Morning Coffee: Barclays contemplating brutal cost cuts in the fourth quarter. Where Goldman Sachs finds hiring stodgy
Lurking in today's Barclays results today are the kind of words you don't want to hear if you're a Barclays employee hopeful of receiving a bonus. In the fourth quarter, the bank says it may incur "material additional charges" as it considers 'actions to reduce structural costs." If this isn't clear enough, the bank also says it's, "evaluating material structural cost actions to help drive future returns" and that it's "focused on cost control" in the corporate and investment bank.
Barclays has already made cuts. There was the annual cull of 5% of the underperformers in its front office in September, even though some of those cut then told us they weren't underperformers. In October, Bloomberg reported that 300 people were being cut at the bank, or 3% of the headcount in the unit, including 50 senior dealmakers, presumably as part of that same process.
The coming cuts, though, sound like a different order of change. 'Structural costs' imply restructuring, in the style of Citi, which is removing five management layers, eliminating 13% of committees and cutting 15% of functional roles.
How much cost does Barclays need to remove? It's aiming for a 60% cost income ratio across the cycle, but the cost income ratio for the full bank was 63% in the third quarter, implying a £194m reduction in costs to hit the target. If the corporate and investment bank (CIB) is to hit the 60% target, most of those costs (£166m) will need to go from there; the CIB-specific cost income ratio was 65% in Q3.
Who's most at risk? Presumably the same sorts of people who've been hosting pointless meetings at Citi. Barclays' bankers and traders outside the US also look vulnerable: in the third quarter, the bank generated 50-60% of its income in dollars but only 40% of its costs. The implication is that US bankers are more efficient than the rest. Earlier this year, Barclays was pushing back into Asia; its Asian bankers may now find themselves at the forefront of a retreat.
Separately, as we reported last week, Goldman Sachs received one million applications for its jobs last year. But there is one of its hubs globally where it seems people don't apply as much. Speaking to Financial News, the co-head of Goldman's Paris office, Marc d’Andlau, said that the Paris "talent ecosystem" isn't as "liquid" as London's. Hedge funds are adding to the competition for people in Paris, said d’Andlau. The implication is that if Goldman gets applications in Paris, it will more than usually pleased.
Barclays just hired Ian Woods, a managing director on the building products team, as a vice chairman in building products and distribution, based in New York. (Bloomberg)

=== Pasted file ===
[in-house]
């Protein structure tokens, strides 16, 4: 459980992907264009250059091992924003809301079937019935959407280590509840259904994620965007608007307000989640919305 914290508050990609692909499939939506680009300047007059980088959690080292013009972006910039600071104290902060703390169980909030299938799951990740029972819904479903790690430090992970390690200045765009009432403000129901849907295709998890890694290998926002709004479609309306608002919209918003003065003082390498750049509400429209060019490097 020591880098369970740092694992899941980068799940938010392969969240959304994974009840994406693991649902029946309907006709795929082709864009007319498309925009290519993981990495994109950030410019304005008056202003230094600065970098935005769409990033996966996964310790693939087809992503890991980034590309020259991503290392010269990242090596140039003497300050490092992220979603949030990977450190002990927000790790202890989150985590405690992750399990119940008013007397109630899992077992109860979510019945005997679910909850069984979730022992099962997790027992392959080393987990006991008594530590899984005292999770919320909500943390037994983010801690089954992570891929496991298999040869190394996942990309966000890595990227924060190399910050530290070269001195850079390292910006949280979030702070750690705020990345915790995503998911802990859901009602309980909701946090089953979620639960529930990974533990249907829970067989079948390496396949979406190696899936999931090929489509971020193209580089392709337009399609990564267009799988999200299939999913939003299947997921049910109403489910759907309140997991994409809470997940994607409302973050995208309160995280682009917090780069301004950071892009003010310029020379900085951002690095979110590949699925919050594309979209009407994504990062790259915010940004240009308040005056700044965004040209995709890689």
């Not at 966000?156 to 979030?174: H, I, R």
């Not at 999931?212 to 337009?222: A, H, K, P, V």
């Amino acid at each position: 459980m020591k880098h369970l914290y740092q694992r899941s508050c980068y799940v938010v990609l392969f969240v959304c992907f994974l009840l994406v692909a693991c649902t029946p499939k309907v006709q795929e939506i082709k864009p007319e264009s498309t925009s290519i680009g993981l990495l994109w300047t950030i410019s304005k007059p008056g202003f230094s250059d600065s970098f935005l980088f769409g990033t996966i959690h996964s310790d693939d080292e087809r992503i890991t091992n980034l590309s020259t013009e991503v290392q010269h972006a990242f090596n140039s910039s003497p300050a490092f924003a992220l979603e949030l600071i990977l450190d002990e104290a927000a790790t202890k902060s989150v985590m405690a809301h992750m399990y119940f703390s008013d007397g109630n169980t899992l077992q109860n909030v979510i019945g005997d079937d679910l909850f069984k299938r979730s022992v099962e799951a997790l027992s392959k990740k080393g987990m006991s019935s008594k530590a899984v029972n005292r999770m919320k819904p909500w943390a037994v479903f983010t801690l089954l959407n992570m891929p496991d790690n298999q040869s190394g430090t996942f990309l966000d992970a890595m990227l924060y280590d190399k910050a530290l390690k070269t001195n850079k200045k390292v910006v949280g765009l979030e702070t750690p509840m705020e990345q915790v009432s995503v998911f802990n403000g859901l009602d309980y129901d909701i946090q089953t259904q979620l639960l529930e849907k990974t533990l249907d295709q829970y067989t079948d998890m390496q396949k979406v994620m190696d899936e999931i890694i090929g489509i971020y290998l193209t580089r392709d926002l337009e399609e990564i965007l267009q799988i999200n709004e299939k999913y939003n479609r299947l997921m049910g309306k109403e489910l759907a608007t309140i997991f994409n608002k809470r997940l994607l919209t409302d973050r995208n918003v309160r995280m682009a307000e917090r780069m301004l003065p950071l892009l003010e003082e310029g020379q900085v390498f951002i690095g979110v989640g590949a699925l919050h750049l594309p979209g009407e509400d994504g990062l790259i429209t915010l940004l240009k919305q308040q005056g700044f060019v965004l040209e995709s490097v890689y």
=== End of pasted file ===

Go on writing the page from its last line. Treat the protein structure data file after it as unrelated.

Deutsche Bank and Numis, saying things like: "This is not about cost synergies — it’s about revenue synergies. It reflects a desire to increase our strategic coverage of clients in the world’s second-biggest investment banking market." Also: "The UK investment banking fee pool is at a cyclical low and that makes the transaction easier because it allows time to integrate and get the teams co-operating. So, we can position ourselves for a significant upturn over the next couple of years.” (Global Capital)
Ken Griffin has acquired 20 acres of prime Palm Beach real estate and 'obliterated' the existing homes with intentions to spend between a staggering $150 to $400 million on constructing a mega-estate that will be worth an estimated $1 billion upon completion. (New York Post)
Former Morgan Stanley associate Orkun Kilic is closing his hedge fund which once had $900m in assets under management. (Bloomberg)
Large language models in trading: helping users to find bonds on the network – and outside through natural language queries, reducing the time needed for onboarding users and potentially supporting liquidity and price formation efficiency. (Fi-Desk)
For a brief moment, leveraged finance and CLO bankers were having a good year, but that's no longer the case. (Bloomberg)
Pickles may interact with your gut biome to make you more creative. (WSJ)
How to stop your boss micromanaging you. - Send them a weekly one-pager with the status of your projects. How far along are you on the assignment, and is your progress on track? What work did you wrap last week, and what are the upcoming milestones, or roadblocks you foresee? At the bottom, link to past installments. (WSJ)
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